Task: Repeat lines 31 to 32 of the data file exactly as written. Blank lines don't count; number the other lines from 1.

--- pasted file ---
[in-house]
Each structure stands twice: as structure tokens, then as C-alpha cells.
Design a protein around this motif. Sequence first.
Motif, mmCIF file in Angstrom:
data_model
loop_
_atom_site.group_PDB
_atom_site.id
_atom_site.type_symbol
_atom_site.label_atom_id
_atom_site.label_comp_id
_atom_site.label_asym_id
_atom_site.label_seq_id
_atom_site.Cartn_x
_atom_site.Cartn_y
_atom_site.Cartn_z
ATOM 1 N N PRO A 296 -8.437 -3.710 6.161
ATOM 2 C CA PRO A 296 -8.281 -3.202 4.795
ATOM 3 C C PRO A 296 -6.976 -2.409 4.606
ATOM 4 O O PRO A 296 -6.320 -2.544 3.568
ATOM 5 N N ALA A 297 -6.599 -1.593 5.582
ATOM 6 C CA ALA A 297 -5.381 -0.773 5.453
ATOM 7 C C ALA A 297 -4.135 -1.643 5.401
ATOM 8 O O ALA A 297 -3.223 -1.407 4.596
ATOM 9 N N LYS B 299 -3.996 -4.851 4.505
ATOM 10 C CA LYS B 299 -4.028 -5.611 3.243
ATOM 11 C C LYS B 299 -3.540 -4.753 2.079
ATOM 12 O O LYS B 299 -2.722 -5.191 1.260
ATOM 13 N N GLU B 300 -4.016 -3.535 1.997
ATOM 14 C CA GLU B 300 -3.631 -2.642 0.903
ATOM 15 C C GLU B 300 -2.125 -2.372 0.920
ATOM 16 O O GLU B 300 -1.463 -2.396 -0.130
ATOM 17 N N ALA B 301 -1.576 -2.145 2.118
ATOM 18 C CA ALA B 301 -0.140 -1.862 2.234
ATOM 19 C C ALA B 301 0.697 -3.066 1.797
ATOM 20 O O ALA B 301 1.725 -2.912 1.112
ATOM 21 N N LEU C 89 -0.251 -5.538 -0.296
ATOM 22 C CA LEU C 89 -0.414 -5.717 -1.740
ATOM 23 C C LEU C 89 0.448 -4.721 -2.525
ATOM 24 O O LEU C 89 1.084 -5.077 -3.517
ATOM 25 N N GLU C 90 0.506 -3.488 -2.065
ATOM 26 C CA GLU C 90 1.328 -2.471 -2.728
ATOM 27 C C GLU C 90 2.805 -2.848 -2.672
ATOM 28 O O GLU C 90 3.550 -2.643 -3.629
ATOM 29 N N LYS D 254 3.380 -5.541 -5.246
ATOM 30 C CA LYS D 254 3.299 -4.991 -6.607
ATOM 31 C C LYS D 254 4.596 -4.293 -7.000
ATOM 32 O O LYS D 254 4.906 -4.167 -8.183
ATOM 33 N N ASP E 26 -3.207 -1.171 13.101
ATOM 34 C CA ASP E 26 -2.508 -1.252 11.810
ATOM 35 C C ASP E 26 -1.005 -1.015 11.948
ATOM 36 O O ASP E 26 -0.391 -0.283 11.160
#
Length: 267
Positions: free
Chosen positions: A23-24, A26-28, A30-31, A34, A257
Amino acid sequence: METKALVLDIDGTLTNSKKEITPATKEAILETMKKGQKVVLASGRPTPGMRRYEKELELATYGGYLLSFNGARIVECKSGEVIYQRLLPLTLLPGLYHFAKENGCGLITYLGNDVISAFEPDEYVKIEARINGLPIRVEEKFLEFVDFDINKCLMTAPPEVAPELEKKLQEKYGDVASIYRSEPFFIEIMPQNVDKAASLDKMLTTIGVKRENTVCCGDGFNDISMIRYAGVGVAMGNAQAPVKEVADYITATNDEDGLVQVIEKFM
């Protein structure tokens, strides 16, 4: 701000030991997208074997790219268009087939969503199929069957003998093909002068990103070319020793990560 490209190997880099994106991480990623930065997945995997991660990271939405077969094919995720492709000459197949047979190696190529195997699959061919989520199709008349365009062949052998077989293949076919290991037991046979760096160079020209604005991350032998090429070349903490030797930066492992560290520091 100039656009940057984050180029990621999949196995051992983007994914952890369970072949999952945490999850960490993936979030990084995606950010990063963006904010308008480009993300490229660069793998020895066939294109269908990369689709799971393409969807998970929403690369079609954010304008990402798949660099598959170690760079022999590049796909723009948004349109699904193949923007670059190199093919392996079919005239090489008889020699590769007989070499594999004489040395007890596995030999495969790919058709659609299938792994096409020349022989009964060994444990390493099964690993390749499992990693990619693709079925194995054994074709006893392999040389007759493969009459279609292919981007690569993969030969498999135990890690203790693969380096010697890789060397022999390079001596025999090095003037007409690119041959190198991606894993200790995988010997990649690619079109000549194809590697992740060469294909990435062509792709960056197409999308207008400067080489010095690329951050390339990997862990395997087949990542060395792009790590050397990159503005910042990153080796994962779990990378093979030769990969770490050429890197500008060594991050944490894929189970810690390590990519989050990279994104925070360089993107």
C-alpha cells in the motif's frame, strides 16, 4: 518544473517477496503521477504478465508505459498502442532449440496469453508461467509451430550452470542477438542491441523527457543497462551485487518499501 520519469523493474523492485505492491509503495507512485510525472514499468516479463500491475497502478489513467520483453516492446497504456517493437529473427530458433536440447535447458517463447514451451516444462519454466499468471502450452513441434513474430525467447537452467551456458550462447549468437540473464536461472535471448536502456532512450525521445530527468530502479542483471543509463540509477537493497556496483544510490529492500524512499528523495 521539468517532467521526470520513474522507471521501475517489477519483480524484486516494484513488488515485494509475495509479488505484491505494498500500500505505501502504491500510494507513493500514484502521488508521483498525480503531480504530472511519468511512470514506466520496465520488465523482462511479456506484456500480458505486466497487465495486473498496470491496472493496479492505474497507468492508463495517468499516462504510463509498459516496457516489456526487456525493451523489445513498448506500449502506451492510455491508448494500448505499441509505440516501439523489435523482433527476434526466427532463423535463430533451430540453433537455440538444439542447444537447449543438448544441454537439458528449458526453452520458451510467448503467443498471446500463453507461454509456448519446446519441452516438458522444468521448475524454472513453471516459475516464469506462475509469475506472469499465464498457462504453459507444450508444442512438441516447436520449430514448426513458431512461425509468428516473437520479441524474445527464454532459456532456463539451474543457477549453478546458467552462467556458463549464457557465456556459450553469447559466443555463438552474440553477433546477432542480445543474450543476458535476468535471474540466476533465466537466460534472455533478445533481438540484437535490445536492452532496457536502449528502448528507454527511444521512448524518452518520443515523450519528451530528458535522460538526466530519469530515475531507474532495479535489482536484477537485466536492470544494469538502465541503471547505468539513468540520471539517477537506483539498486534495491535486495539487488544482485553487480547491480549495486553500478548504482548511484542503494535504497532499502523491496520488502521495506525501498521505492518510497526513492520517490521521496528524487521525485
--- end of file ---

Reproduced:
ATOM 15 C C GLU B 300 -2.125 -2.372 0.920
ATOM 16 O O GLU B 300 -1.463 -2.396 -0.130